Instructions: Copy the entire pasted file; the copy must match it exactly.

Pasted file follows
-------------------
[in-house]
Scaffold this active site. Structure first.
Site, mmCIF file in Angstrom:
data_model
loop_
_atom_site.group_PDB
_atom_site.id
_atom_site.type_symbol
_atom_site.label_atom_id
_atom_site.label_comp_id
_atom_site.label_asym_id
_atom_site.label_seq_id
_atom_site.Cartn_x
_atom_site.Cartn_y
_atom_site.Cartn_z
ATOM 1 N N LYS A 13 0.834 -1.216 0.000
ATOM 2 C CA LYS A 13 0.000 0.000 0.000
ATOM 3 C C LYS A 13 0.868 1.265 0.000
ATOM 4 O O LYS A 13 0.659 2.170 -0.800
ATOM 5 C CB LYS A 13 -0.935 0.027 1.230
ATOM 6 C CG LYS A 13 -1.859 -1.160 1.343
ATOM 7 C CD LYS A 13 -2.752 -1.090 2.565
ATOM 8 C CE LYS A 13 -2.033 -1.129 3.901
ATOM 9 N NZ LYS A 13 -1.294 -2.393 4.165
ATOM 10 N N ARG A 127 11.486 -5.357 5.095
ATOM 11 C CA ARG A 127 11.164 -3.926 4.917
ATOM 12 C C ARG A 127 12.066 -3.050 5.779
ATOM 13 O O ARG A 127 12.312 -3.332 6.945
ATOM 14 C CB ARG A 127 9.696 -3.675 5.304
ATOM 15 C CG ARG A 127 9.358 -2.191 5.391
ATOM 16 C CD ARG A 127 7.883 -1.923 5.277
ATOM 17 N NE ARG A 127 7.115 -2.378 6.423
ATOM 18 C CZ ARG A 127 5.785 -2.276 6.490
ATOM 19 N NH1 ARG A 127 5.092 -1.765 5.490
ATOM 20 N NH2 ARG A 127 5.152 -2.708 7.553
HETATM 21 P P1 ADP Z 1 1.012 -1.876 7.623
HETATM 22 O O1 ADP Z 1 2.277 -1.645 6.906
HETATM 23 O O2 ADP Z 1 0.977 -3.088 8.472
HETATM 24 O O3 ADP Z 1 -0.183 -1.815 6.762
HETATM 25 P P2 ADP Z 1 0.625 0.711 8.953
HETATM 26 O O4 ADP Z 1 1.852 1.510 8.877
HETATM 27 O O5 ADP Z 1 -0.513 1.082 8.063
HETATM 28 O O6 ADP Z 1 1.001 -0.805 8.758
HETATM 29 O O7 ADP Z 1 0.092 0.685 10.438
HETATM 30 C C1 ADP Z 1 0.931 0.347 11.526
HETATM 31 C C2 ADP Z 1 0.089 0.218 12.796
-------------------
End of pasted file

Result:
[in-house]
Scaffold this active site. Structure first.
Site, mmCIF file in Angstrom:
data_model
loop_
_atom_site.group_PDB
_atom_site.id
_atom_site.type_symbol
_atom_site.label_atom_id
_atom_site.label_comp_id
_atom_site.label_asym_id
_atom_site.label_seq_id
_atom_site.Cartn_x
_atom_site.Cartn_y
_atom_site.Cartn_z
ATOM 1 N N LYS A 13 0.834 -1.216 0.000
ATOM 2 C CA LYS A 13 0.000 0.000 0.000
ATOM 3 C C LYS A 13 0.868 1.265 0.000
ATOM 4 O O LYS A 13 0.659 2.170 -0.800
ATOM 5 C CB LYS A 13 -0.935 0.027 1.230
ATOM 6 C CG LYS A 13 -1.859 -1.160 1.343
ATOM 7 C CD LYS A 13 -2.752 -1.090 2.565
ATOM 8 C CE LYS A 13 -2.033 -1.129 3.901
ATOM 9 N NZ LYS A 13 -1.294 -2.393 4.165
ATOM 10 N N ARG A 127 11.486 -5.357 5.095
ATOM 11 C CA ARG A 127 11.164 -3.926 4.917
ATOM 12 C C ARG A 127 12.066 -3.050 5.779
ATOM 13 O O ARG A 127 12.312 -3.332 6.945
ATOM 14 C CB ARG A 127 9.696 -3.675 5.304
ATOM 15 C CG ARG A 127 9.358 -2.191 5.391
ATOM 16 C CD ARG A 127 7.883 -1.923 5.277
ATOM 17 N NE ARG A 127 7.115 -2.378 6.423
ATOM 18 C CZ ARG A 127 5.785 -2.276 6.490
ATOM 19 N NH1 ARG A 127 5.092 -1.765 5.490
ATOM 20 N NH2 ARG A 127 5.152 -2.708 7.553
HETATM 21 P P1 ADP Z 1 1.012 -1.876 7.623
HETATM 22 O O1 ADP Z 1 2.277 -1.645 6.906
HETATM 23 O O2 ADP Z 1 0.977 -3.088 8.472
HETATM 24 O O3 ADP Z 1 -0.183 -1.815 6.762
HETATM 25 P P2 ADP Z 1 0.625 0.711 8.953
HETATM 26 O O4 ADP Z 1 1.852 1.510 8.877
HETATM 27 O O5 ADP Z 1 -0.513 1.082 8.063
HETATM 28 O O6 ADP Z 1 1.001 -0.805 8.758
HETATM 29 O O7 ADP Z 1 0.092 0.685 10.438
HETATM 30 C C1 ADP Z 1 0.931 0.347 11.526
HETATM 31 C C2 ADP Z 1 0.089 0.218 12.796